Sabrina Fung-Lam’s dining boltholes

From sealing a deal with Macy’s in Hong Kong to Savile Row power breakfasts, the group managing director of Fung Retailing reveals her restaurant address book

Sabrina Fung-Lam, group managing director of Fung Retailing 
Sabrina Fung-Lam, group managing director of Fung Retailing  | Image: Philipp Engelhorn

Our family business is very much part of Hong Kong; we’re celebrating our 110th anniversary this year and I feel proud of what we and our city have achieved. So when clients visit, I like to take them to Sevva, a sleek restaurant in a high-rise in the financial district with a terrific terrace overlooking Victoria Harbour. A hundred years ago Hong Kong consisted mainly of fishing villages; the backdrop here really accentuates the city’s success.

Retail is all about the local consumer, so after evening drinks at Sevva I sometimes take clients on a boat ride to Lei Yue Mun, one of Hong Kong’s few remaining fishing villages, where you pick your own live seafood from various stalls. It’s then cooked at the restaurant of your choice. I always go to Lung Yue, a low-key place that is a great experience and feels very authentic. My favourite dish is the lobster pasta with cheese; I ordered this when we finally signed a joint venture with Macy’s, who had been coming to China for three years.

I also like to take clients to an obscure frozen yoghurt place called Smile. In the US and UK shopping malls are dominated by large conglomerates, but Hong Kong is known for its entrepreneurial spirit. Smile is one example of that and I’m always impressed by what has been achieved there. The menu has lots of flavours and some creative combinations; I’ll always have the one called Chocolate Lover.


Two thousand of our stores are in China, so I’m often in Shanghai, where Imperial Treasure serves great local dishes such as steamed xiao long bao and fried noodles with shredded pork. It’s also nicely decked out – luxurious yet cosy and comfortable. In Asia, overseas clients are often wined and dined with a banquet of 12 to 13 courses, but I find that when people are jetlagged they just want comfort food. In Tokyo, Appia is perfect for this. The cuisine is Italian with a Japanese influence – the sea urchin pasta and grilled artichoke are both fantastic – and the place is very rustic and loud. For something quieter, I take people to Kozasa – a tiny sushi place with about 10 seats where the menu changes daily. The chef has a very artistic approach to his work – I tend to take creative people there as they really appreciate the presentation.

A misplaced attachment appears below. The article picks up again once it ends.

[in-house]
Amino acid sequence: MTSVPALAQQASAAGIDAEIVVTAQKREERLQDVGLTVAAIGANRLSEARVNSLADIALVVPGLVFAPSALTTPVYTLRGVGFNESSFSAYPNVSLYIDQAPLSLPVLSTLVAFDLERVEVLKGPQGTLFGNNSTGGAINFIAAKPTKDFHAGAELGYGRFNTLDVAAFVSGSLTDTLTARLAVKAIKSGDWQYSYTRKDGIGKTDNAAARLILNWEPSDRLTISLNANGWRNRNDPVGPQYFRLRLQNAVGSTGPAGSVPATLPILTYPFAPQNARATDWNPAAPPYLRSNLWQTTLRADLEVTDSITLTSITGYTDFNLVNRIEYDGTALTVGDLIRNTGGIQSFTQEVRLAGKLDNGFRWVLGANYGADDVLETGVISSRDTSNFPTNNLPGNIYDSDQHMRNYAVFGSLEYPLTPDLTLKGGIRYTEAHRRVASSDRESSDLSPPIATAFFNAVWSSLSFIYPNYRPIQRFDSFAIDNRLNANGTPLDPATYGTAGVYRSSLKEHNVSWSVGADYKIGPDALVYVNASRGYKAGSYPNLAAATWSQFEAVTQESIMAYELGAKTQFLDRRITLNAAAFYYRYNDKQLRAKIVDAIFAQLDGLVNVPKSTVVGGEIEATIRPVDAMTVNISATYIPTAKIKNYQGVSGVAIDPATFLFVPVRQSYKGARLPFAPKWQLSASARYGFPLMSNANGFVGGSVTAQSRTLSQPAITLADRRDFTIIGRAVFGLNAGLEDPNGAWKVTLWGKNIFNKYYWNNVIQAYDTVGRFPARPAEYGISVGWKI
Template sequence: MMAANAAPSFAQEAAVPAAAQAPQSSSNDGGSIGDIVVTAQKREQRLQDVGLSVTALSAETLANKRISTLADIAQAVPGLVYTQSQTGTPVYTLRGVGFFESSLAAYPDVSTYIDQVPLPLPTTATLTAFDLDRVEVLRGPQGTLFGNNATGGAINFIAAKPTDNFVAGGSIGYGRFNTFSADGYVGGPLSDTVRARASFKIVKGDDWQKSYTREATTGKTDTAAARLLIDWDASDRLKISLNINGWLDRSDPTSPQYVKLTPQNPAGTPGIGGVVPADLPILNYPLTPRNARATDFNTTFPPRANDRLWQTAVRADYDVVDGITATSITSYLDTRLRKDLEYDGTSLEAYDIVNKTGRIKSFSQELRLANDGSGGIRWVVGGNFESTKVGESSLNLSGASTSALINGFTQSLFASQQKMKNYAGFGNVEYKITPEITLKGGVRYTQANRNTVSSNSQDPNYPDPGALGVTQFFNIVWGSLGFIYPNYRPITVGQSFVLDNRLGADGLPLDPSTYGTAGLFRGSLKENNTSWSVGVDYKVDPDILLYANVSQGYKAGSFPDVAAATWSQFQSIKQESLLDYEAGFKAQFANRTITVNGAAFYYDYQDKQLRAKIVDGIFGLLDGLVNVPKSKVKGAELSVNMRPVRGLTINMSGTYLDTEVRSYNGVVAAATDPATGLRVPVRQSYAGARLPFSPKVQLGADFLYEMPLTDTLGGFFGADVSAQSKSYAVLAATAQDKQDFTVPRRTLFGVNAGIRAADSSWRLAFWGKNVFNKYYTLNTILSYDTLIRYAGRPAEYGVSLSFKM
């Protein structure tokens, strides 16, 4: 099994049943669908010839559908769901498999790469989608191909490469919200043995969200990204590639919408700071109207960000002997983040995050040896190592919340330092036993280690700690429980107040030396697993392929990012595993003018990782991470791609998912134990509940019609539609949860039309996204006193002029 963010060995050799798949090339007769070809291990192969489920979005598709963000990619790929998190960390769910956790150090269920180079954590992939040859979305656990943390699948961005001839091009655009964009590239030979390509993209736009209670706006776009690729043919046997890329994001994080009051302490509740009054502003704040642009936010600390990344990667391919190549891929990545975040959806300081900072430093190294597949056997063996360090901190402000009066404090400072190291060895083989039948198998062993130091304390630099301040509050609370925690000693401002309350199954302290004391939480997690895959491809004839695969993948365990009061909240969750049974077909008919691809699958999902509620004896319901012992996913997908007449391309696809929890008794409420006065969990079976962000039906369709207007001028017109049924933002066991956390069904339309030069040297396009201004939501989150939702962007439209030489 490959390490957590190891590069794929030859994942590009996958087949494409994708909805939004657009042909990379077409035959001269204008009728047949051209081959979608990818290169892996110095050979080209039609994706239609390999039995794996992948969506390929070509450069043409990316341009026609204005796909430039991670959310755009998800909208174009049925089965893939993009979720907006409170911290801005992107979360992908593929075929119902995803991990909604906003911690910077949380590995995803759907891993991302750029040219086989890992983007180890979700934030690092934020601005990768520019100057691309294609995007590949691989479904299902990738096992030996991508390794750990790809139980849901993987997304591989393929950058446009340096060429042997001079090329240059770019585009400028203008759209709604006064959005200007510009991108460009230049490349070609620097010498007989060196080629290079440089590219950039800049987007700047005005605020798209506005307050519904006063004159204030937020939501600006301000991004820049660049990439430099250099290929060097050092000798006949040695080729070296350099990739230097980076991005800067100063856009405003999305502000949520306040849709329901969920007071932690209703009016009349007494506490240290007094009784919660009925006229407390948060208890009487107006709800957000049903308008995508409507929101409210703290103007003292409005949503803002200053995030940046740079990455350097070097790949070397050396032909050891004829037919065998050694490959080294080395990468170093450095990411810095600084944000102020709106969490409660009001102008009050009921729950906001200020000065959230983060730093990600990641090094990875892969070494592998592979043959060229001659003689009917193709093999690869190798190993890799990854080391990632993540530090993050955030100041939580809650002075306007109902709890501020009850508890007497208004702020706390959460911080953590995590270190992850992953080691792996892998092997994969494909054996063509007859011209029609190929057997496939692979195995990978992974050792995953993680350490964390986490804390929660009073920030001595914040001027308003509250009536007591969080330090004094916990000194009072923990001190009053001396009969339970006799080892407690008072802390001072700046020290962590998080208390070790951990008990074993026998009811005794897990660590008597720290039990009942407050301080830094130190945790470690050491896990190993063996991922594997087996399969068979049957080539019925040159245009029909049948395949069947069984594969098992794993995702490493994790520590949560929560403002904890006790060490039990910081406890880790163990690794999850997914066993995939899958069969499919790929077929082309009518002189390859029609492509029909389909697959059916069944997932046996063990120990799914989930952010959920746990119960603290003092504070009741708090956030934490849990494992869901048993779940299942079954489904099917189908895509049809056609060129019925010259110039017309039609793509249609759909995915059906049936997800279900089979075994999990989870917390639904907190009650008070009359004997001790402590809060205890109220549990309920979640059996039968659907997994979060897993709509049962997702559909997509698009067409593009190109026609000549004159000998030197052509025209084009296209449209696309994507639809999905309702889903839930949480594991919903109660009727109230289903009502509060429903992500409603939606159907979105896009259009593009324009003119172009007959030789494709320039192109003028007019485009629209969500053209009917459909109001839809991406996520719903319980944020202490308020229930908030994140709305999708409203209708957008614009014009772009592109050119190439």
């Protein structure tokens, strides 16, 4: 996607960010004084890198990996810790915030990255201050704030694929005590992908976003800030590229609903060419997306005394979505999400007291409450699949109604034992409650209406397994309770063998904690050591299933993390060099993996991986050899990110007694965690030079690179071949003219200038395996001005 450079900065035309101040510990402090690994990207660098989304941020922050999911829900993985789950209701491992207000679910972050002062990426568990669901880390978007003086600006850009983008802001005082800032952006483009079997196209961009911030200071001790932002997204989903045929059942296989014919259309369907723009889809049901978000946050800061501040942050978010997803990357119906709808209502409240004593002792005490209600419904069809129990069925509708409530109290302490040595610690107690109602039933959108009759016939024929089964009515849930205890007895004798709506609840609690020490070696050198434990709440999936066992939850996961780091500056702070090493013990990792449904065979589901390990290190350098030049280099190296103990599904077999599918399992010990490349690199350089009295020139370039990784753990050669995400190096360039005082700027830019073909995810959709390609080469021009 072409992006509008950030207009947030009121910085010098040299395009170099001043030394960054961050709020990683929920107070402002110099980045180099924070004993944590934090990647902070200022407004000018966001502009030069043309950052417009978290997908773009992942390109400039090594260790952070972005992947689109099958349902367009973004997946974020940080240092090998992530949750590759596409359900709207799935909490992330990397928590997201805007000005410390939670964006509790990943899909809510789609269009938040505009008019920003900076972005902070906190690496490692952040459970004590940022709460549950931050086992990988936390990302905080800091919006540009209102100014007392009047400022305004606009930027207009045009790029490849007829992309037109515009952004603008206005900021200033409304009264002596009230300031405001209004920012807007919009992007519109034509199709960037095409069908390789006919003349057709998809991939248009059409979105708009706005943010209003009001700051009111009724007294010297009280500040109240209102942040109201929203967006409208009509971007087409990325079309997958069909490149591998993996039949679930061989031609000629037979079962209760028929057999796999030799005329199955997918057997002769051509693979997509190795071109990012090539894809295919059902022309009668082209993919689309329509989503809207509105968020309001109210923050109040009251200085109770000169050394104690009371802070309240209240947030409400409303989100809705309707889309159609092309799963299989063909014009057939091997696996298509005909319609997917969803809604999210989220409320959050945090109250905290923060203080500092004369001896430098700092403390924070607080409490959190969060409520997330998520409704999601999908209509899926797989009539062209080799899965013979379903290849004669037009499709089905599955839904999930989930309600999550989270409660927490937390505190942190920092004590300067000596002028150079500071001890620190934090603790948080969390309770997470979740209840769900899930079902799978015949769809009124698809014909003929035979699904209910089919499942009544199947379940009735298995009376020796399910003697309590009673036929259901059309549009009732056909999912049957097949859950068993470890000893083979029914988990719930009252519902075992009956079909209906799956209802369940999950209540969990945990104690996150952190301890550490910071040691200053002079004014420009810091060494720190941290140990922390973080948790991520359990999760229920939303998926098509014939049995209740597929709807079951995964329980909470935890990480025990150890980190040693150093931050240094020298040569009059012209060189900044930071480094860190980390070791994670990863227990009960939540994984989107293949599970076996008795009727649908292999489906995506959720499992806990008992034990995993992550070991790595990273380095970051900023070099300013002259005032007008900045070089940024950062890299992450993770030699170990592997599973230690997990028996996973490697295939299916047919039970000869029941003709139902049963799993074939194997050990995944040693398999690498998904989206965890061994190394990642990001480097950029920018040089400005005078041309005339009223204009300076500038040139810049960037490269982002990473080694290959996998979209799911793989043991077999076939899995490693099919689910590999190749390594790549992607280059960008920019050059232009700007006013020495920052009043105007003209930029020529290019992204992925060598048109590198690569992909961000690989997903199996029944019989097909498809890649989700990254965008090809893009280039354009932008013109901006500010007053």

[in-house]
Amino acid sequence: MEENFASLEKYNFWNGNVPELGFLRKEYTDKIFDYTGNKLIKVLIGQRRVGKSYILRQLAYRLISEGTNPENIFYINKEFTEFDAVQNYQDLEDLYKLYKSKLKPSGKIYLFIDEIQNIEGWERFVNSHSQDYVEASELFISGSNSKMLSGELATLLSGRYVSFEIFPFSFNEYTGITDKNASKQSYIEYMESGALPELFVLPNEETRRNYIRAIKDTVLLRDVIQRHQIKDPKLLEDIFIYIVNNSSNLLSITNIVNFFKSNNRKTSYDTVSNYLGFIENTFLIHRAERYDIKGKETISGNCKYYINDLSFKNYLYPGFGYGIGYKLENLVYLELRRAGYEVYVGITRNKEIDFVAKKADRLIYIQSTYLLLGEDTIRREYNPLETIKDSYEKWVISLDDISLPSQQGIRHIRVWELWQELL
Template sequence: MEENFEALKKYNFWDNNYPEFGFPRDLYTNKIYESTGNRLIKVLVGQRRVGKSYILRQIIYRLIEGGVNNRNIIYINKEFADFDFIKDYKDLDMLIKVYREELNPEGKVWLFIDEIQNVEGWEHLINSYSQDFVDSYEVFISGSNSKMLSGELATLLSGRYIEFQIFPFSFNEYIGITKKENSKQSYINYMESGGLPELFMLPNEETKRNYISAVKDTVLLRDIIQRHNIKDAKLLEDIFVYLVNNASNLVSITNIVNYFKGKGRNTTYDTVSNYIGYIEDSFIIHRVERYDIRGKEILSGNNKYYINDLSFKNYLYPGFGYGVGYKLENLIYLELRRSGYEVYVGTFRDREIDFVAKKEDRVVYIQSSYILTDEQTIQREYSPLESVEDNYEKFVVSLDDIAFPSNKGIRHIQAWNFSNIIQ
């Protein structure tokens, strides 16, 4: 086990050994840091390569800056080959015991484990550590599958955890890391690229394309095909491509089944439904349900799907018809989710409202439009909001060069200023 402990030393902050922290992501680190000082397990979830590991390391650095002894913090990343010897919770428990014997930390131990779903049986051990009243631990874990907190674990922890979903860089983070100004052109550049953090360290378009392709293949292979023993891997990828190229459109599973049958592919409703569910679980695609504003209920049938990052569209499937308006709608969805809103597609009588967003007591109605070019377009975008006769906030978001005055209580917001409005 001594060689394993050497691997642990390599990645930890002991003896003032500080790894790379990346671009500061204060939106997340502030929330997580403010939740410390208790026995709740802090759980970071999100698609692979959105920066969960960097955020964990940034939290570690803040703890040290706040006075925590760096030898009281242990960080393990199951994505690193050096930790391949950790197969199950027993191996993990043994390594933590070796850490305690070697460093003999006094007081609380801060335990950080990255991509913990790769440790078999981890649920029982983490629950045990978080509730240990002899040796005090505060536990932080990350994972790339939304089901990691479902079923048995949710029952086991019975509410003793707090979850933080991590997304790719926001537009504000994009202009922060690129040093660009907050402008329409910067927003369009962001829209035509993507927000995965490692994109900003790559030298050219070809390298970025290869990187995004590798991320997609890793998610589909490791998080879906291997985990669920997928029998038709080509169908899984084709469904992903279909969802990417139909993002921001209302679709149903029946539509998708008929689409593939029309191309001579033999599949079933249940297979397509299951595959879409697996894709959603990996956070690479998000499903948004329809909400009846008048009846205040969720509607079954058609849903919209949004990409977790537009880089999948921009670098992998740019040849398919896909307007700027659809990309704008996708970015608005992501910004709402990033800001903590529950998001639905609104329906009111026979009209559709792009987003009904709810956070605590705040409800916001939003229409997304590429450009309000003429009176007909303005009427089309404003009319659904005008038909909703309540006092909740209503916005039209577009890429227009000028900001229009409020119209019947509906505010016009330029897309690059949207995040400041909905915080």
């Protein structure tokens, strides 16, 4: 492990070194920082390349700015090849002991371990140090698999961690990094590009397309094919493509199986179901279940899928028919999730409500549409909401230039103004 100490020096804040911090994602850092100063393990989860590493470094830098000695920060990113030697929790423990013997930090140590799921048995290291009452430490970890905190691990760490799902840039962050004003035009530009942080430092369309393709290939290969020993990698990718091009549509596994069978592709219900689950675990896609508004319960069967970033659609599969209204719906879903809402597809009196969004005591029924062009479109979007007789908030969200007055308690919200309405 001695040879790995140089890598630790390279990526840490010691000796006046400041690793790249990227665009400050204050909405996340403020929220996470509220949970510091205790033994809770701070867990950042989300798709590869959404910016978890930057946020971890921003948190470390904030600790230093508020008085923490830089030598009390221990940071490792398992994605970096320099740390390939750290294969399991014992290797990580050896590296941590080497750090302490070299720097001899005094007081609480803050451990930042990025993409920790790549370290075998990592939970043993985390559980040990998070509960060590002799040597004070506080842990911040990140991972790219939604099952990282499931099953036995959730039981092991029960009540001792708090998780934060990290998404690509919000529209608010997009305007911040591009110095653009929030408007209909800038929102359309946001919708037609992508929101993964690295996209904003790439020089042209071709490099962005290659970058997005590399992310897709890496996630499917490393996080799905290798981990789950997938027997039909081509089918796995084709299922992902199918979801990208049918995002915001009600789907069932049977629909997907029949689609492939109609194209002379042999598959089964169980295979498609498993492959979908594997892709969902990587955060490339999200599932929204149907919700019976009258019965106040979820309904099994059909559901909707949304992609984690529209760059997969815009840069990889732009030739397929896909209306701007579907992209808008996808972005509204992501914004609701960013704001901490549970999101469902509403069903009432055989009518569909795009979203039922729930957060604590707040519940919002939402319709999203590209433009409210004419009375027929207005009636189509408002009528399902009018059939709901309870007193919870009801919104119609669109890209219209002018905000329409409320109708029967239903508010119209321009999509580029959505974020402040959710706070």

No matter where I am, I like to combine lunch with a walk through our stores. Our Sonia Rykiel boutique in Paris, for example, is near the chic little brasserie Les Deux Magots, which has tables along the street and serves classics such as croque-monsieur and steak frites. But I also like Chez L’Ami Louis – a cosy, crowded spot with the world’s best foie-gras and amazing grilled chicken with fries. The first time I met Julie de Libran, artistic director of Sonia Rykiel, was at L’Ami; she has a very fit and healthy figure and still ate all the fries.

In London I spend a lot of time on Savile Row – we own several menswear brands there, including Gieves & Hawkes and Kilgour – so I usually have breakfast and lunch meetings at Cecconi’s. I love its egg-white omelette with avocado, all the lunch mains are fantastic – and I always order the fried courgette side. I like the restaurant’s energy; to me it’s the ultimate power lunch place. A recent discovery, however, is The Ivy Chelsea Garden, whose eclectic mix of customers makes for great people-watching – and the truffle arancini is delicious. It’s quite noisy, though, so I’d only go with close associates – such as Tommy Hilfiger, someone I know really well. Another place I went to recently with Tommy and his wife Dee was Marea in New York. It’s a happening Italian seafood restaurant and a great example of where the ambience, decor, food, people and service come together brilliantly.


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